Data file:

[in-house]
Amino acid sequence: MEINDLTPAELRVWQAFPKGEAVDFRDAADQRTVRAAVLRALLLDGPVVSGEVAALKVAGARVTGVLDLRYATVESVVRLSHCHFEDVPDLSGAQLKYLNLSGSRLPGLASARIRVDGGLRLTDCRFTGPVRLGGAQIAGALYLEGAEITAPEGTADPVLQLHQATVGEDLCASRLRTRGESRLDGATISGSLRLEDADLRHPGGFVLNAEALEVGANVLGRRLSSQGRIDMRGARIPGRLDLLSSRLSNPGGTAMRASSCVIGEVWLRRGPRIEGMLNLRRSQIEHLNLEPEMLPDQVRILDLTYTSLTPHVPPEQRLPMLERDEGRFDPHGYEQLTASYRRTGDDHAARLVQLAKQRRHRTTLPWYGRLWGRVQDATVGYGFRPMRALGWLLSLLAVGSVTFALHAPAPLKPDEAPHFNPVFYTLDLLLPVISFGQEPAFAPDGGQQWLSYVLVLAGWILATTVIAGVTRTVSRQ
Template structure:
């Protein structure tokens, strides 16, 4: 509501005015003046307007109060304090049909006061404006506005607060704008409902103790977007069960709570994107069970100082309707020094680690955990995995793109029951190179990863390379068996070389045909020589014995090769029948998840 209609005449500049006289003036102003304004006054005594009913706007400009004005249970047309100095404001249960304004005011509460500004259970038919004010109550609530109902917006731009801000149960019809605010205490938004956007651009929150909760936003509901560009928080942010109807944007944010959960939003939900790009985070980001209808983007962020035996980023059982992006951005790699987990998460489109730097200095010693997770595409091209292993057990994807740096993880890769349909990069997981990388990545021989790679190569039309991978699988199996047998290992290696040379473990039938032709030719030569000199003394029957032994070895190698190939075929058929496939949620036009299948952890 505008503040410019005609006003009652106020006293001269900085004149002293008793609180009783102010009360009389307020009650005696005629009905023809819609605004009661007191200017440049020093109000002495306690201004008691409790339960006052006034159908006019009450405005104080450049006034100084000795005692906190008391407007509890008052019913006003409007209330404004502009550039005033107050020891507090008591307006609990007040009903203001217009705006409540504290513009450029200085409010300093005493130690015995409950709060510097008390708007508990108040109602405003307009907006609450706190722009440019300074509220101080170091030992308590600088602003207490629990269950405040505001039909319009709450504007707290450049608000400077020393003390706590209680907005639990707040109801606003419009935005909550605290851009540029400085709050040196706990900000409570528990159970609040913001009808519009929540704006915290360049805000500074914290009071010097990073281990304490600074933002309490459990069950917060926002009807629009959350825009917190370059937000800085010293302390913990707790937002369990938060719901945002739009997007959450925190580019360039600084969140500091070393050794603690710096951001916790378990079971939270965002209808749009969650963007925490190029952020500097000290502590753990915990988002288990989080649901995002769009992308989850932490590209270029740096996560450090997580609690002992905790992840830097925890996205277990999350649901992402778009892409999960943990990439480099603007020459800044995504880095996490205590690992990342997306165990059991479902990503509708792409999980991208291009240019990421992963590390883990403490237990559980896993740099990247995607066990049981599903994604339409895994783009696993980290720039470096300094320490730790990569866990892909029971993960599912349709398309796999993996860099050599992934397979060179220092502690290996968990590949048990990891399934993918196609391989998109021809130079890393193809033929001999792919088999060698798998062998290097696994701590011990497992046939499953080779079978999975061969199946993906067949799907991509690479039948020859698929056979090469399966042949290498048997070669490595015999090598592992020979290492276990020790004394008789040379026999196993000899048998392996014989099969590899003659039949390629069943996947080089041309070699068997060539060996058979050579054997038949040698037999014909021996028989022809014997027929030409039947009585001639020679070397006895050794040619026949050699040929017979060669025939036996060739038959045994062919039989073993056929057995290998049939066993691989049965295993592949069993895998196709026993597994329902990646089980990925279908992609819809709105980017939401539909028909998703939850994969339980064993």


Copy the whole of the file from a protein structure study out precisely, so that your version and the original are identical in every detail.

[in-house]
Amino acid sequence: MEINDLTPAELRVWQAFPKGEAVDFRDAADQRTVRAAVLRALLLDGPVVSGEVAALKVAGARVTGVLDLRYATVESVVRLSHCHFEDVPDLSGAQLKYLNLSGSRLPGLASARIRVDGGLRLTDCRFTGPVRLGGAQIAGALYLEGAEITAPEGTADPVLQLHQATVGEDLCASRLRTRGESRLDGATISGSLRLEDADLRHPGGFVLNAEALEVGANVLGRRLSSQGRIDMRGARIPGRLDLLSSRLSNPGGTAMRASSCVIGEVWLRRGPRIEGMLNLRRSQIEHLNLEPEMLPDQVRILDLTYTSLTPHVPPEQRLPMLERDEGRFDPHGYEQLTASYRRTGDDHAARLVQLAKQRRHRTTLPWYGRLWGRVQDATVGYGFRPMRALGWLLSLLAVGSVTFALHAPAPLKPDEAPHFNPVFYTLDLLLPVISFGQEPAFAPDGGQQWLSYVLVLAGWILATTVIAGVTRTVSRQ
Template structure:
């Protein structure tokens, strides 16, 4: 509501005015003046307007109060304090049909006061404006506005607060704008409902103790977007069960709570994107069970100082309707020094680690955990995995793109029951190179990863390379068996070389045909020589014995090769029948998840 209609005449500049006289003036102003304004006054005594009913706007400009004005249970047309100095404001249960304004005011509460500004259970038919004010109550609530109902917006731009801000149960019809605010205490938004956007651009929150909760936003509901560009928080942010109807944007944010959960939003939900790009985070980001209808983007962020035996980023059982992006951005790699987990998460489109730097200095010693997770595409091209292993057990994807740096993880890769349909990069997981990388990545021989790679190569039309991978699988199996047998290992290696040379473990039938032709030719030569000199003394029957032994070895190698190939075929058929496939949620036009299948952890 505008503040410019005609006003009652106020006293001269900085004149002293008793609180009783102010009360009389307020009650005696005629009905023809819609605004009661007191200017440049020093109000002495306690201004008691409790339960006052006034159908006019009450405005104080450049006034100084000795005692906190008391407007509890008052019913006003409007209330404004502009550039005033107050020891507090008591307006609990007040009903203001217009705006409540504290513009450029200085409010300093005493130690015995409950709060510097008390708007508990108040109602405003307009907006609450706190722009440019300074509220101080170091030992308590600088602003207490629990269950405040505001039909319009709450504007707290450049608000400077020393003390706590209680907005639990707040109801606003419009935005909550605290851009540029400085709050040196706990900000409570528990159970609040913001009808519009929540704006915290360049805000500074914290009071010097990073281990304490600074933002309490459990069950917060926002009807629009959350825009917190370059937000800085010293302390913990707790937002369990938060719901945002739009997007959450925190580019360039600084969140500091070393050794603690710096951001916790378990079971939270965002209808749009969650963007925490190029952020500097000290502590753990915990988002288990989080649901995002769009992308989850932490590209270029740096996560450090997580609690002992905790992840830097925890996205277990999350649901992402778009892409999960943990990439480099603007020459800044995504880095996490205590690992990342997306165990059991479902990503509708792409999980991208291009240019990421992963590390883990403490237990559980896993740099990247995607066990049981599903994604339409895994783009696993980290720039470096300094320490730790990569866990892909029971993960599912349709398309796999993996860099050599992934397979060179220092502690290996968990590949048990990891399934993918196609391989998109021809130079890393193809033929001999792919088999060698798998062998290097696994701590011990497992046939499953080779079978999975061969199946993906067949799907991509690479039948020859698929056979090469399966042949290498048997070669490595015999090598592992020979290492276990020790004394008789040379026999196993000899048998392996014989099969590899003659039949390629069943996947080089041309070699068997060539060996058979050579054997038949040698037999014909021996028989022809014997027929030409039947009585001639020679070397006895050794040619026949050699040929017979060669025939036996060739038959045994062919039989073993056929057995290998049939066993691989049965295993592949069993895998196709026993597994329902990646089980990925279908992609819809709105980017939401539909028909998703939850994969339980064993």